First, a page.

Credit: SCIENCE PHOTO LIBRARY
|Credit: Wellcome Library, London.|
“No other professional group (lawyers, the clergy) was so vigorously and prolifically satirised in this age as medical men. The endeavour was indeed a national sport. Satirists especially chose self-professed rationalists as their targets, although virtually every attribute of doctors was lambasted: their pedantry, mercilessness, immodesty, public antics, bigotry, pretensions, panaceas.”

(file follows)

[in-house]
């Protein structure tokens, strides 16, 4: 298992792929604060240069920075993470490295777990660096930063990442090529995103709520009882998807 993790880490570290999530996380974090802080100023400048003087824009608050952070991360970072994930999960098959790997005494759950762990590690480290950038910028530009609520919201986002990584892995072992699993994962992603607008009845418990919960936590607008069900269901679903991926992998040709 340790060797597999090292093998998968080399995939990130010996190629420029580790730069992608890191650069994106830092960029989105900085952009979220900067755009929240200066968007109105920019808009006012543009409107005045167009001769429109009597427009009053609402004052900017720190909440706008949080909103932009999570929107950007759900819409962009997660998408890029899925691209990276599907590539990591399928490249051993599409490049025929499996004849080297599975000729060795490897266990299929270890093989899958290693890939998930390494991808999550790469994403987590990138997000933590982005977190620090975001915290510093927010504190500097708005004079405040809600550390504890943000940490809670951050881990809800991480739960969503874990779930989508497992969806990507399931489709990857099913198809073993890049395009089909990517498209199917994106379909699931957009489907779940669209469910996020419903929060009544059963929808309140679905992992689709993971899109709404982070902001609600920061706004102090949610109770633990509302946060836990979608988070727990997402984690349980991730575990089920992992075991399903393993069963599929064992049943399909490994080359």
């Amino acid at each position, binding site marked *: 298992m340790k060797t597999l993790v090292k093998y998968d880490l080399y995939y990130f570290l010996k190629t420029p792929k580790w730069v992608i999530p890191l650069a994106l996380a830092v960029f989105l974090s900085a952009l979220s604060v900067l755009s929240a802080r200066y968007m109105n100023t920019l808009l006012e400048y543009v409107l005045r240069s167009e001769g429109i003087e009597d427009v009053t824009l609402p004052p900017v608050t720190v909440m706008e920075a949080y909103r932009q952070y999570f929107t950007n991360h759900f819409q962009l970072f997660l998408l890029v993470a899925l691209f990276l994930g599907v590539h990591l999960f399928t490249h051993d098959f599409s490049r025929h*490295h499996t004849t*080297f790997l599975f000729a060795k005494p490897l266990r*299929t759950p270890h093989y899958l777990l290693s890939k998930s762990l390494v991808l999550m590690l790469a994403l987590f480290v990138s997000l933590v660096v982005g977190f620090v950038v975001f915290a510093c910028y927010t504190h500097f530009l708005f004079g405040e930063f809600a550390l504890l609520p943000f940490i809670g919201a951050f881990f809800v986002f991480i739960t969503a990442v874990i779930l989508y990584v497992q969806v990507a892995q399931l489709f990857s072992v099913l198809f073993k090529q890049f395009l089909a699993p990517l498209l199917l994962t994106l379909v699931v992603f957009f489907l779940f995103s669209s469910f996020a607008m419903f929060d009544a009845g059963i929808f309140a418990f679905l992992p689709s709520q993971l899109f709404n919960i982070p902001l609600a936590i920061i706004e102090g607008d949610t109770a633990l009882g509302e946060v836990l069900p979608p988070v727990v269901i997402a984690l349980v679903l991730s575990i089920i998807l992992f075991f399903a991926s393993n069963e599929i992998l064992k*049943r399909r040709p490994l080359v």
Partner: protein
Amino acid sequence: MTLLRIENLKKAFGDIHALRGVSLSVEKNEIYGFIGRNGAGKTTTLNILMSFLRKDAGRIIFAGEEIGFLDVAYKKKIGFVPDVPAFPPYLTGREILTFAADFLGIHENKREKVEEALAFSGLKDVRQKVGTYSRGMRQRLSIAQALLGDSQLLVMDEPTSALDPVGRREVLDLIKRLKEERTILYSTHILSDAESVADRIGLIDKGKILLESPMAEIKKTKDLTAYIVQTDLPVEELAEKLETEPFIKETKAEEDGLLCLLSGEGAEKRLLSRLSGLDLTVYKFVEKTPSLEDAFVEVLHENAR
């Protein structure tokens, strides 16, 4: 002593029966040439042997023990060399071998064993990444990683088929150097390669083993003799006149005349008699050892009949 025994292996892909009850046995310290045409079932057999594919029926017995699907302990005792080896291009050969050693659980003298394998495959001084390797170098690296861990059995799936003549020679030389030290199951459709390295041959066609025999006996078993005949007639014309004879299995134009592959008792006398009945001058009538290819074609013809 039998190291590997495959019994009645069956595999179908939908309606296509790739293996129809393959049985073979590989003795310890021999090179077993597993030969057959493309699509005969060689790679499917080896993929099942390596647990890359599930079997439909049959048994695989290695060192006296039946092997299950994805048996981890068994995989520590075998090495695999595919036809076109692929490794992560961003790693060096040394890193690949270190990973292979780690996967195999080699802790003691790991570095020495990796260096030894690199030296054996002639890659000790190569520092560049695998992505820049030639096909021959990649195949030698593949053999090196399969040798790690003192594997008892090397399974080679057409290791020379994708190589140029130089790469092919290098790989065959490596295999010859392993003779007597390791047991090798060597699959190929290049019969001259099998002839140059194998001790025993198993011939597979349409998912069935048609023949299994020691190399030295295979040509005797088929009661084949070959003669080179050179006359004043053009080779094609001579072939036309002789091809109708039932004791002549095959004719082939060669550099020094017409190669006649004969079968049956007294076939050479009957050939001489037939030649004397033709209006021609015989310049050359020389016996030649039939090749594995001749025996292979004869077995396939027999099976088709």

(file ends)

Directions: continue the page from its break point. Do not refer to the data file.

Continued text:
G.S. Rousseau, Enlightenment borders: pre- and post-modern discourses : medical, scientific (Manchester University Press 1991), p. 136
|Credit: Wellcome Library, London|
A lecherous doctor taking the pulse of an old woman whilst fondling a young one.
(Coloured etching by T. Rowlandson, 1810.)
Why not take a look at the story of the rabbit-woman Mary Tofts and her examination by the medical men? See Imagining monsters: miscreations of the self in eighteenth-century England. By Dennis Todd (University of Chicago Press, 1995)